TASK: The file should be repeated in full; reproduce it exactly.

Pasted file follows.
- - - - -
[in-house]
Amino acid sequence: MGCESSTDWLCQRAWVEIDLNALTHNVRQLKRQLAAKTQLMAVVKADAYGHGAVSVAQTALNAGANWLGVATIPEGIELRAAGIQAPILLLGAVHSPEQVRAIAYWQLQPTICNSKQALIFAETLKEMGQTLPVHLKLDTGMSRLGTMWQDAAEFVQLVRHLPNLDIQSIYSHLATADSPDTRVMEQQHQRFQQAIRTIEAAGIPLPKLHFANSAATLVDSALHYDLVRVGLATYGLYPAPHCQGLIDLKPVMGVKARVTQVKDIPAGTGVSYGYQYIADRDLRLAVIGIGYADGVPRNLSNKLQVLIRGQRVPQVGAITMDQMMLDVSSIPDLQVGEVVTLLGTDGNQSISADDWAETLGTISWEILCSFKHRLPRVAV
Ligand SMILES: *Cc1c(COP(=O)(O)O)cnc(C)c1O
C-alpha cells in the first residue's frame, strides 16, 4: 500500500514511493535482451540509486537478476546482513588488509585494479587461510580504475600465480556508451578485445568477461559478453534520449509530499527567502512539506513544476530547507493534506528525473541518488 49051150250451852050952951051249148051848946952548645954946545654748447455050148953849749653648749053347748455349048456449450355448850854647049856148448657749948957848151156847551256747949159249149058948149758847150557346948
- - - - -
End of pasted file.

[in-house]
Amino acid sequence: MGCESSTDWLCQRAWVEIDLNALTHNVRQLKRQLAAKTQLMAVVKADAYGHGAVSVAQTALNAGANWLGVATIPEGIELRAAGIQAPILLLGAVHSPEQVRAIAYWQLQPTICNSKQALIFAETLKEMGQTLPVHLKLDTGMSRLGTMWQDAAEFVQLVRHLPNLDIQSIYSHLATADSPDTRVMEQQHQRFQQAIRTIEAAGIPLPKLHFANSAATLVDSALHYDLVRVGLATYGLYPAPHCQGLIDLKPVMGVKARVTQVKDIPAGTGVSYGYQYIADRDLRLAVIGIGYADGVPRNLSNKLQVLIRGQRVPQVGAITMDQMMLDVSSIPDLQVGEVVTLLGTDGNQSISADDWAETLGTISWEILCSFKHRLPRVAV
Ligand SMILES: *Cc1c(COP(=O)(O)O)cnc(C)c1O
C-alpha cells in the first residue's frame, strides 16, 4: 500500500514511493535482451540509486537478476546482513588488509585494479587461510580504475600465480556508451578485445568477461559478453534520449509530499527567502512539506513544476530547507493534506528525473541518488 49051150250451852050952951051249148051848946952548645954946545654748447455050148953849749653648749053347748455349048456449450355448850854647049856148448657749948957848151156847551256747949159249149058948149758847150557346948